Advanced Textbooks in Control and Signal Processing

Series Editors

Professor Michael J. Grimble, Professor of Industrial Systems and Director

Professor Michael A. Johnson, Professor Emeritus of Control Systems and Deputy Director Industrial Control Centre, Department of Electronic and Electrical Engineering, University of Strathclyde, Graham Hills Building, 50 George Street, Glasgow G1 1QE, UK Other titles published in this series:

Genetic Algorithms

K.F. Man, K.S. Tang and S. Kwong Introduction to Optimal Estimation

E.W. Kamen and J.K. Su

Discrete-time Signal Processing

D. Williamson

Neural Networks for Modelling and Control of Dynamic Systems

M. N?rgaard, O. Ravn, N.K. Poulsen

and L.K. Hansen

Fault Detection and Diagnosis in Industrial Systems

L.H. Chiang, E.L. Russell and R.D. Braatz Soft Computing

L. Fortuna, G. Rizzotto, M. Lavorgna, G. Nunnari, M.G. Xibilia and R. Caponetto Statistical Signal Processing

T. Chonavel

Discrete-time Stochastic Processes

(2nd Edition)

T. S?derstr?m

Parallel Computing for Real-time Signal Processing and Control

M.O. Tokhi, M.A. Hossain and

M.H. Shaheed

Multivariable Control Systems

P. Albertos and A. Sala Control Systems with Input and Output Constraints

A.H. Glattfelder and W. Schaufelberger Analysis and Control of Non-linear Process Systems

K.M. Hangos, J. Bokor and

G. Szederkényi

Model Predictive Control (2nd Edition) E.F. Camacho and C. Bordons Principles of Adaptive Filters and Self-learning Systems

A. Zaknich

Digital Self-tuning Controllers

V. Bobál, J. B?hm, J. Fessl and

J. Machá?ek

Control of Robot Manipulators in Joint Space

R. Kelly, V. Santibá?ez and A. Loría Receding Horizon Control

W.H. Kwon and S. Han

Robust Control Design with MATLAB?D.-W. Gu, P.H. Petkov and

M.M. Konstantinov

Control of Dead-time Processes

J.E. Normey-Rico and E.F. Camacho Modeling and Control of Discrete-event Dynamic Systems

B. Hrúz and M.

C. Zhou

Bruno Siciliano ? Lorenzo Sciavicco Luigi Villani ? Giuseppe Oriolo Robotics

Modelling, Planning and Control 123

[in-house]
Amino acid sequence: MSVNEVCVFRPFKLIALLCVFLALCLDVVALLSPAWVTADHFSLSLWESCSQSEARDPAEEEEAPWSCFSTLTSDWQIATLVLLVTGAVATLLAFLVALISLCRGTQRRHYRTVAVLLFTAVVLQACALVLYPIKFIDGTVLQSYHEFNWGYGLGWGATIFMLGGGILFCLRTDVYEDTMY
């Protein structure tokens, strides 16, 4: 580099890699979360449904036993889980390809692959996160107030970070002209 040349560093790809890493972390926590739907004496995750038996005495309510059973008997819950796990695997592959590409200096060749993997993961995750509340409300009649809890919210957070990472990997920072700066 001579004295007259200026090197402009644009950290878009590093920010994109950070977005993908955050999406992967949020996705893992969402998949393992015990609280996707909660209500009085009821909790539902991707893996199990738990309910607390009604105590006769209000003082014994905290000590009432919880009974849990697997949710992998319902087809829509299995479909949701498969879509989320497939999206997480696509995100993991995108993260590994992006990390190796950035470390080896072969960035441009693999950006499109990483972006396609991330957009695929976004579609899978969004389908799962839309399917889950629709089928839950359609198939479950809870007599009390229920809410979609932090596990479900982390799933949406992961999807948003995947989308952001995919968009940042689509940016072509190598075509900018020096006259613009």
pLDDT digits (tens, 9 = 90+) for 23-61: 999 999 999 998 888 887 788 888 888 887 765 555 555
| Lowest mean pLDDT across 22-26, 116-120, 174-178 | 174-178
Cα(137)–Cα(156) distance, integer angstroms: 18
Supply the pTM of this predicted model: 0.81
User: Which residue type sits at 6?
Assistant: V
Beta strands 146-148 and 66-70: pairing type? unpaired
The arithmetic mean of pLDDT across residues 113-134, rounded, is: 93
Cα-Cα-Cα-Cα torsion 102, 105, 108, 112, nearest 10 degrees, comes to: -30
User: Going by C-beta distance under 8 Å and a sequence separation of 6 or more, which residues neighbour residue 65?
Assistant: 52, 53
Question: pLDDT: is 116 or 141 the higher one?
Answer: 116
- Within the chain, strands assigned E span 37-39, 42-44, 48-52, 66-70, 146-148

Bruno Siciliano, PhD

Dipartimento di Informatica e Sistemistica Università di Napoli Federico II

Via Claudio 21

80125 Napoli

Italy Lorenzo Sciavicco, DrEng Dipartimento di Informatica e Automazione Università di Roma Tre

Via della Vasca Navale 79

00146 Roma


Luigi Villani, PhD

Dipartimento di Informatica e Sistemistica Università di Napoli Federico II

Via Claudio 21

80125 Napoli

Italy Giuseppe Oriolo, PhD

Dipartimento di Informatica e Sistemistica Università di Roma “La Sapienza”

Via Ariosto 25

00185 Roma


ISBN 978-1-84628-641-4 e-ISBN 978-1-84628-642-1

DOI 10.1007/978-1-84628-642-1

Advanced Textbooks in Control and Signal Processing series ISSN 1439-2232

A catalogue record for this book is available from the British Library

Library of Congress Control Number: 2008939574

? 2009 Springer-Verlag London Limited

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Series Editors’Foreword

The topics of control engineering and signal processing continue to?ourish and develop.In common with general scienti?c investigation,new ideas,concepts and interpretations emerge quite spontaneously and these are then discussed, used,discarded or subsumed into the prevailing subject paradigm.Sometimes these innovative concepts coalesce into a new sub-discipline within the broad subject tapestry of control and signal processing.This preliminary battle be-tween old and new usually takes place at conferences,through the Internet and in the journals of the discipline.After a little more maturity has been acquired by the new concepts then archival publication as a scienti?c or engineering monograph may occur.